by Ryan Hill
February 29, 2012
Several days ago, Connecticut mother Tanya McDowell was convicted of stealing an education for her kindergarten age son. McDowell was sentenced to 12 years in prison. She was found to have submitted a “fraudulent” address in order to gain her son’s admittance to an elementary school in Norwalk, CT. McDowell and her son were homeless. They sometimes slept in her minivan, sometimes at a shelter in Norwalk, and sometimes were allowed to stay at a home in nearby Bridgeport (where they weren’t given a key).
On April 14, 2011, her son was told to clear out his cubby hole and leave the school in Norwalk he had been attending since January. His mother was then arrested and charged for larceny and conspiracy to commit larceny, after it was discovered that her “last-known address” was in Bridgeport. Though 26 students were removed from Norwalk schools in the same year after determining that they did not live in the city, Tanya McDowell was the only parent who faced criminal charges.
McDowell, like the only other parent to face criminal charges in a similar case in Ohio, is also African-American. As one could predict, Norwalk, unlike Bridgeport, is majority white and has a median household income double that of Bridgeport. Both cities (15 miles apart) are located in the third most prosperous state in the US, but the conditions of the schools might as well be those of different nations.
Essentially, the initial charges against her amounted to “defrauding the public,” as she “stole” $15,686 worth of educational resources, according to the prosecution, from the Norwalk school district. School board Chairperson Jack Chiaramonte stated,
“Right now, there is no disincentive to attend our schools. An education is not free. It comes from taxpayers’ money…Norwalk is having a hard enough time taking care of its own.” (source)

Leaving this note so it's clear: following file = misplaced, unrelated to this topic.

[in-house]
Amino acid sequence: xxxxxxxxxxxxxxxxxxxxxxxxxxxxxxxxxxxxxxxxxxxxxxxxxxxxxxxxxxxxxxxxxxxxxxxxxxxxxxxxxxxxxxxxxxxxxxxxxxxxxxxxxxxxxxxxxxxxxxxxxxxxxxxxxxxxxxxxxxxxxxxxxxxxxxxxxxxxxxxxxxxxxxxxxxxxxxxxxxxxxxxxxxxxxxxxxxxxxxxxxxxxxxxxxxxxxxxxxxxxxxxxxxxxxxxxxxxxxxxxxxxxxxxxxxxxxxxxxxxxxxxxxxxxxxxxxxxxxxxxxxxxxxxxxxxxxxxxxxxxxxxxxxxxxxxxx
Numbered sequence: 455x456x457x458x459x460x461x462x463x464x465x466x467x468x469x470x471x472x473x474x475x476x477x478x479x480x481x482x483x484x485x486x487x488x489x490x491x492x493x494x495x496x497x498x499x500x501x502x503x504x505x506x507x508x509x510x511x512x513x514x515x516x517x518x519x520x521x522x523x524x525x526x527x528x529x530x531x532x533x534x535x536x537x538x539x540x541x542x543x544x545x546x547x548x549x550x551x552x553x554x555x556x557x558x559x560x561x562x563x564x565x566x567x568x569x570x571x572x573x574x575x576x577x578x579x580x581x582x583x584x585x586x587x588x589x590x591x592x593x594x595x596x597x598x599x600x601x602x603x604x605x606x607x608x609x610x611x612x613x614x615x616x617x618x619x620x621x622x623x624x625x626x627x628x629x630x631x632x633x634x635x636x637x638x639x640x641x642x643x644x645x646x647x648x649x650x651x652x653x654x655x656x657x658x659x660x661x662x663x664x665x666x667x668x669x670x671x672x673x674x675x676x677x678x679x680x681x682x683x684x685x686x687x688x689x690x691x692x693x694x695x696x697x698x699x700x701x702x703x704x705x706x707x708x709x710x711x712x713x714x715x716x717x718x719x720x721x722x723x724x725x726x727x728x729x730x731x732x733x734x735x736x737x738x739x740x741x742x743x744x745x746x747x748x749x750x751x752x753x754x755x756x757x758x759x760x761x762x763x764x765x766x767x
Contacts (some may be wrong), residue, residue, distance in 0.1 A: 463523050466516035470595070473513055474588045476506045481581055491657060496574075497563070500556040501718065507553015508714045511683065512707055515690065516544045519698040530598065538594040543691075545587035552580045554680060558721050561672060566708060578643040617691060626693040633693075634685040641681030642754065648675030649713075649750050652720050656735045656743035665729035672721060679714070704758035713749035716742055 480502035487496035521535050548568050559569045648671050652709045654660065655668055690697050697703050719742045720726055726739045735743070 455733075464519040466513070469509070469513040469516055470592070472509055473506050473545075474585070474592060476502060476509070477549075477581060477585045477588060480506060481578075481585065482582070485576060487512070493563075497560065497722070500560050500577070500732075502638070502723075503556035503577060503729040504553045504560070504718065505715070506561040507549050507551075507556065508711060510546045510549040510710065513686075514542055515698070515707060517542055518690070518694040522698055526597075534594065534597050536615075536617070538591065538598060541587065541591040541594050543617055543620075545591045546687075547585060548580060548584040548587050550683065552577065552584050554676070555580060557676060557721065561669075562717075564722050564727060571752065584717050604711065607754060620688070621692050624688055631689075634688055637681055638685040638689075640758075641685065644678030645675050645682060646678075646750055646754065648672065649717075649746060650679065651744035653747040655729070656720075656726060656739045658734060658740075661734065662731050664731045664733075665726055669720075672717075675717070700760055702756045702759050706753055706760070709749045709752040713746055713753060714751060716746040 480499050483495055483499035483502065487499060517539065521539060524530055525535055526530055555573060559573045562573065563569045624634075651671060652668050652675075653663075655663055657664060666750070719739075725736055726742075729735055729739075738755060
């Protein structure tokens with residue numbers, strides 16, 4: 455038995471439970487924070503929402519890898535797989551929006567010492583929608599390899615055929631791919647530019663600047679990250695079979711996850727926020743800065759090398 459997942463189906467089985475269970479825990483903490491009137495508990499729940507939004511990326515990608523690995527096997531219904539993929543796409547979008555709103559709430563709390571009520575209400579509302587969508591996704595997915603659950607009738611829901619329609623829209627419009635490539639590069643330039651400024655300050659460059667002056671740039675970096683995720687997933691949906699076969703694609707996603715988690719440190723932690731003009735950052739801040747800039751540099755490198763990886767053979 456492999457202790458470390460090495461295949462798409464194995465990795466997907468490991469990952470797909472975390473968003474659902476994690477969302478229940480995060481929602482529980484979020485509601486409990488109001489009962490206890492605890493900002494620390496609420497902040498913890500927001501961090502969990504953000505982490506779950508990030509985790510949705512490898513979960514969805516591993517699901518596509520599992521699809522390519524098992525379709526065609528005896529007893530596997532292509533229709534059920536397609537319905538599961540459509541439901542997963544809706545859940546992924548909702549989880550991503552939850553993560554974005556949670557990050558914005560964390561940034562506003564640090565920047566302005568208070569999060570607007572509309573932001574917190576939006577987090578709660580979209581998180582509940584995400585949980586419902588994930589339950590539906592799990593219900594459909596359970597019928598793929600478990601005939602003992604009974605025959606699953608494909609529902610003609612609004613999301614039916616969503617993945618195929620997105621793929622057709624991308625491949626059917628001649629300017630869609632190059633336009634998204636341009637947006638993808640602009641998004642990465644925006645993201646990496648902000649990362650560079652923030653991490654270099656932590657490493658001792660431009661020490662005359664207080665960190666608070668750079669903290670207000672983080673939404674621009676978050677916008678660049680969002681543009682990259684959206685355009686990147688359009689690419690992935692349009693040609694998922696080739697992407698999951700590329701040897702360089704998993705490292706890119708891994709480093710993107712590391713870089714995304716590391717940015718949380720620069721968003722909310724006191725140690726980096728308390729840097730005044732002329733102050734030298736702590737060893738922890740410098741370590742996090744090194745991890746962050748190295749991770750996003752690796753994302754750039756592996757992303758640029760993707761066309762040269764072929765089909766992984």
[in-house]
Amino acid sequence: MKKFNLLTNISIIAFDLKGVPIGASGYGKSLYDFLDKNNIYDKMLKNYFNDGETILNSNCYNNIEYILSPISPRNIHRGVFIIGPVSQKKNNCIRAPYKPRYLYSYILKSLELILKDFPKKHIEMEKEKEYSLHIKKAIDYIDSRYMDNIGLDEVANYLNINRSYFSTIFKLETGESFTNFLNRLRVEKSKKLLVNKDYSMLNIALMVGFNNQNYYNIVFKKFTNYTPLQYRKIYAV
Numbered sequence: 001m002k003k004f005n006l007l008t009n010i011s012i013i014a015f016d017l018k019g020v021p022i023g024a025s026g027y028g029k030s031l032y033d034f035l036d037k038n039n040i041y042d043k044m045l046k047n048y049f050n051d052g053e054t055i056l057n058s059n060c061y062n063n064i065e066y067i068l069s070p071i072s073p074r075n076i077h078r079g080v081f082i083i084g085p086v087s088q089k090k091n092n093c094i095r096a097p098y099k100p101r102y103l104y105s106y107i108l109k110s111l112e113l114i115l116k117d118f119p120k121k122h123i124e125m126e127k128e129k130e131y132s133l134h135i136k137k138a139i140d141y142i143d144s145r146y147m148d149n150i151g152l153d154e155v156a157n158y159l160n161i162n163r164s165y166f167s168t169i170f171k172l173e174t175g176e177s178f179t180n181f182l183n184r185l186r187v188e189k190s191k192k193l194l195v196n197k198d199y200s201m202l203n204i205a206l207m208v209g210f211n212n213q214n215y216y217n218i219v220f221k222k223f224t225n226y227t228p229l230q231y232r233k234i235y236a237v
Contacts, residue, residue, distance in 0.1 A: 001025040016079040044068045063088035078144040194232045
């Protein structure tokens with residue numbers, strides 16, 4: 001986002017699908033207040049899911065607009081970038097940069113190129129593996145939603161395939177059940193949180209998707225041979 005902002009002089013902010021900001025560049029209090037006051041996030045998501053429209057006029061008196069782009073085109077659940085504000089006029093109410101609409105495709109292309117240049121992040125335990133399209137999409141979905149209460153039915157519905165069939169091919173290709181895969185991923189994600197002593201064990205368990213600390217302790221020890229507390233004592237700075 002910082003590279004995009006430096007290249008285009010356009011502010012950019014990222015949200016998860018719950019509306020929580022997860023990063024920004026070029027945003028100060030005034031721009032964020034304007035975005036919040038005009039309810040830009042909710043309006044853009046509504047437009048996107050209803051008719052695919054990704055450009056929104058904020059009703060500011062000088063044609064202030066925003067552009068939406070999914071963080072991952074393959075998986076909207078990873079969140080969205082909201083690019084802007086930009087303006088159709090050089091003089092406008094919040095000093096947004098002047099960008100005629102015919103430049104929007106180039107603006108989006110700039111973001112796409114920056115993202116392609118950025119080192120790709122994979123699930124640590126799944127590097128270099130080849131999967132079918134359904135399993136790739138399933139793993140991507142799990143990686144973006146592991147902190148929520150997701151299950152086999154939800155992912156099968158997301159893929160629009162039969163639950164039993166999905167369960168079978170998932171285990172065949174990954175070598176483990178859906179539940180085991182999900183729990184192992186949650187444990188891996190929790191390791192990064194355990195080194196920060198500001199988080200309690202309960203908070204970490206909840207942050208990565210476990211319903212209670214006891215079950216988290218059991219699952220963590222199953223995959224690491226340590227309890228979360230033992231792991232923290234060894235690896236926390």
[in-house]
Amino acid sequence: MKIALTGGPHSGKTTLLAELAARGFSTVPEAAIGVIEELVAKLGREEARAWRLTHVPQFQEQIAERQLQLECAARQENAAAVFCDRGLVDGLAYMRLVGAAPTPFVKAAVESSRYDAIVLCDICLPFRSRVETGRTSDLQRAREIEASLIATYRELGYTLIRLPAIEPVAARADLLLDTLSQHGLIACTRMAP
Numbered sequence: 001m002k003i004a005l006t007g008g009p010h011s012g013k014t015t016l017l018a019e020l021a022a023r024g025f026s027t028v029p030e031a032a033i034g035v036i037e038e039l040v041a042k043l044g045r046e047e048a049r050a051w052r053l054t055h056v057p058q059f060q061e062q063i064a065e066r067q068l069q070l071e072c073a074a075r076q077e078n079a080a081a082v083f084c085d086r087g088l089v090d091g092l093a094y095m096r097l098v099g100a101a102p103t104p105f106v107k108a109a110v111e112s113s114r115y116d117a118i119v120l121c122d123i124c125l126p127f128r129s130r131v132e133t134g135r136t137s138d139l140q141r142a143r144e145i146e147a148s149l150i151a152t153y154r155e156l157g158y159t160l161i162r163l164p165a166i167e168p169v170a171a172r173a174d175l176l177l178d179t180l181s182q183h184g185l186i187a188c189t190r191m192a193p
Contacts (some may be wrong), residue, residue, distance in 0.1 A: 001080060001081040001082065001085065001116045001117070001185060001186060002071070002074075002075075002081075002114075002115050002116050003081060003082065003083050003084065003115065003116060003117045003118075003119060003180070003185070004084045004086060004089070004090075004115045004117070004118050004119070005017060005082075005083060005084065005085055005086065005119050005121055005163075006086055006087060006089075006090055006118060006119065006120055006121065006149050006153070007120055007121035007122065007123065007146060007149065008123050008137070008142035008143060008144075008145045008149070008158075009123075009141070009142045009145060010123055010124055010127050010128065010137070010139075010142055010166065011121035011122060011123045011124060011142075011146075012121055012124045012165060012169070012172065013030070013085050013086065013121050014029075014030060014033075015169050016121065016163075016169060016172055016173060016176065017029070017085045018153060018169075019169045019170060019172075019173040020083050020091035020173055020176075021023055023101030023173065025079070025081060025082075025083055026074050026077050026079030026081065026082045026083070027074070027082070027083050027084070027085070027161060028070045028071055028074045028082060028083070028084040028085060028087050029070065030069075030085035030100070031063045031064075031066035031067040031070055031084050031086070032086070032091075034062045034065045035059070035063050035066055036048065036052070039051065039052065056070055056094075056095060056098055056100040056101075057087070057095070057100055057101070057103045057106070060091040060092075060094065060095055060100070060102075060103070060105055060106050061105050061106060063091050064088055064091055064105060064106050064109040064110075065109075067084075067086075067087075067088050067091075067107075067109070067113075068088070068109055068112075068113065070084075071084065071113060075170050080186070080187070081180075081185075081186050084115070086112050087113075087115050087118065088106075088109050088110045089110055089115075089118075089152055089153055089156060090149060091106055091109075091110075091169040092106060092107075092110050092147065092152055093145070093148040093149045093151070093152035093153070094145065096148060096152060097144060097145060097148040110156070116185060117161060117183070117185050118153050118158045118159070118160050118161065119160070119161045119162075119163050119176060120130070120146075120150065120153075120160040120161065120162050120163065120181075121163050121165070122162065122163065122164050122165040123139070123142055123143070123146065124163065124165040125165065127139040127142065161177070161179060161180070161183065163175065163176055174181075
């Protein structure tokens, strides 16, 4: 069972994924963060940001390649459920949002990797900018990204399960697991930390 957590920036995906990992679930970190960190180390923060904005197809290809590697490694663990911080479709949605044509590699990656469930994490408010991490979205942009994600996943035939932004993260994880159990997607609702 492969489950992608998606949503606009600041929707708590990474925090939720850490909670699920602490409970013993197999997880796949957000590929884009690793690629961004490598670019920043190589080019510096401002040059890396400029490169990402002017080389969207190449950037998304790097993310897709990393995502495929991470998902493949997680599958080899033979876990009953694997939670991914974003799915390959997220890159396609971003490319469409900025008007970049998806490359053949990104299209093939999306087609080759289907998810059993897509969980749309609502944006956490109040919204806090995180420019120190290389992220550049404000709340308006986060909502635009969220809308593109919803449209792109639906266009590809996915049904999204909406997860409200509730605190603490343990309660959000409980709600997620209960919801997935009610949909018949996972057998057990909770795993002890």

The fact that there is “no disincentive” to attend a better resourced school is only a problem if an unequal system must be maintained at any cost (including the cost to prosecute and incarcerate Tanya McDowell, presumably higher than the cost of providing a quality education for her young son). Furthermore, the quote reveals the long-standing preference among middle- and upper-income whites that their tax contributions only flow back into their own racially exclusive communities, clearly the central problem motivating the criminal charges against McDowell.
Civil rights activists came to her defense and the story gained sympathetic attention from the national media, from MSNBC to Fox News. Two months later, when (still homeless) McDowell was caught selling drugs to undercover officers, her support and the national attention all but disappeared. The prosecution managed to couple the drug charges with the larceny charges, and forced her defense to accept a “plea bargain” deal of 12-year prison term with five years probation, and the drug charges served concurrently. To understand why this terrible sentence was a plea bargain, one would need to consider that the “mandatory minimums” (yet another racially biased policy) carried by the drug charges would have amounted to four decades in prison, considerably increasing the leverage of the prosecution.